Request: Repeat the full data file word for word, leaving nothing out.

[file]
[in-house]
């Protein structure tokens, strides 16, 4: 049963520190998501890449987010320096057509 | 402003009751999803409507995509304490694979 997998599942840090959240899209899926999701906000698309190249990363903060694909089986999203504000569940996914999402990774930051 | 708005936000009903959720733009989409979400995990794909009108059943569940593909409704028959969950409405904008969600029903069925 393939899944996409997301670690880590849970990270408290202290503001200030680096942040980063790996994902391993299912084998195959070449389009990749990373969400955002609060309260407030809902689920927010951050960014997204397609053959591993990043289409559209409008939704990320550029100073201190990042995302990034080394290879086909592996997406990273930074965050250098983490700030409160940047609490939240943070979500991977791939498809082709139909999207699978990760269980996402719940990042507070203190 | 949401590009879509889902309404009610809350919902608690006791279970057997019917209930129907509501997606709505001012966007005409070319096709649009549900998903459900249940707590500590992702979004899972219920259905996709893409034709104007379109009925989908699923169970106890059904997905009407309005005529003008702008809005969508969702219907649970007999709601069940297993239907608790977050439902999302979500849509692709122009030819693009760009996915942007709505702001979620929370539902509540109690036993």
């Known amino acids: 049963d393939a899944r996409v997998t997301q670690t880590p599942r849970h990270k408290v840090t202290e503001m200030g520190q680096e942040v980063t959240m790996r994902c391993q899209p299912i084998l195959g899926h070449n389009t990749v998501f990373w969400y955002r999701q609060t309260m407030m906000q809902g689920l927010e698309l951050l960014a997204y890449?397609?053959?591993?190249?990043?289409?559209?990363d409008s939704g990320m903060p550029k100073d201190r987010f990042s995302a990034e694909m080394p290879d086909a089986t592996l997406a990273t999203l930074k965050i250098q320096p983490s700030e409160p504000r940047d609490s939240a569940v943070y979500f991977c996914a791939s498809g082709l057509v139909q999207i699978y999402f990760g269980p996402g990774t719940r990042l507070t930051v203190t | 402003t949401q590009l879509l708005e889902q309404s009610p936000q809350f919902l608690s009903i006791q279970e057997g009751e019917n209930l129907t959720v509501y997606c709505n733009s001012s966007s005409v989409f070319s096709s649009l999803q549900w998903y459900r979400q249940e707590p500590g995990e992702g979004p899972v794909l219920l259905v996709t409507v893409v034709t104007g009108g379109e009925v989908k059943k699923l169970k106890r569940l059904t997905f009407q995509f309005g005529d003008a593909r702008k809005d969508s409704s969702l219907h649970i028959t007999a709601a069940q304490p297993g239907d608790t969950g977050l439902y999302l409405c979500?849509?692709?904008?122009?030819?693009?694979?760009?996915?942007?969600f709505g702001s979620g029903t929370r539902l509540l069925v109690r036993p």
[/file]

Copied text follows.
[in-house]
């Protein structure tokens, strides 16, 4: 049963520190998501890449987010320096057509 | 402003009751999803409507995509304490694979 997998599942840090959240899209899926999701906000698309190249990363903060694909089986999203504000569940996914999402990774930051 | 708005936000009903959720733009989409979400995990794909009108059943569940593909409704028959969950409405904008969600029903069925 393939899944996409997301670690880590849970990270408290202290503001200030680096942040980063790996994902391993299912084998195959070449389009990749990373969400955002609060309260407030809902689920927010951050960014997204397609053959591993990043289409559209409008939704990320550029100073201190990042995302990034080394290879086909592996997406990273930074965050250098983490700030409160940047609490939240943070979500991977791939498809082709139909999207699978990760269980996402719940990042507070203190 | 949401590009879509889902309404009610809350919902608690006791279970057997019917209930129907509501997606709505001012966007005409070319096709649009549900998903459900249940707590500590992702979004899972219920259905996709893409034709104007379109009925989908699923169970106890059904997905009407309005005529003008702008809005969508969702219907649970007999709601069940297993239907608790977050439902999302979500849509692709122009030819693009760009996915942007709505702001979620929370539902509540109690036993």
């Known amino acids: 049963d393939a899944r996409v997998t997301q670690t880590p599942r849970h990270k408290v840090t202290e503001m200030g520190q680096e942040v980063t959240m790996r994902c391993q899209p299912i084998l195959g899926h070449n389009t990749v998501f990373w969400y955002r999701q609060t309260m407030m906000q809902g689920l927010e698309l951050l960014a997204y890449?397609?053959?591993?190249?990043?289409?559209?990363d409008s939704g990320m903060p550029k100073d201190r987010f990042s995302a990034e694909m080394p290879d086909a089986t592996l997406a990273t999203l930074k965050i250098q320096p983490s700030e409160p504000r940047d609490s939240a569940v943070y979500f991977c996914a791939s498809g082709l057509v139909q999207i699978y999402f990760g269980p996402g990774t719940r990042l507070t930051v203190t | 402003t949401q590009l879509l708005e889902q309404s009610p936000q809350f919902l608690s009903i006791q279970e057997g009751e019917n209930l129907t959720v509501y997606c709505n733009s001012s966007s005409v989409f070319s096709s649009l999803q549900w998903y459900r979400q249940e707590p500590g995990e992702g979004p899972v794909l219920l259905v996709t409507v893409v034709t104007g009108g379109e009925v989908k059943k699923l169970k106890r569940l059904t997905f009407q995509f309005g005529d003008a593909r702008k809005d969508s409704s969702l219907h649970i028959t007999a709601a069940q304490p297993g239907d608790t969950g977050l439902y999302l409405c979500?849509?692709?904008?122009?030819?693009?694979?760009?996915?942007?969600f709505g702001s979620g029903t929370r539902l509540l069925v109690r036993p």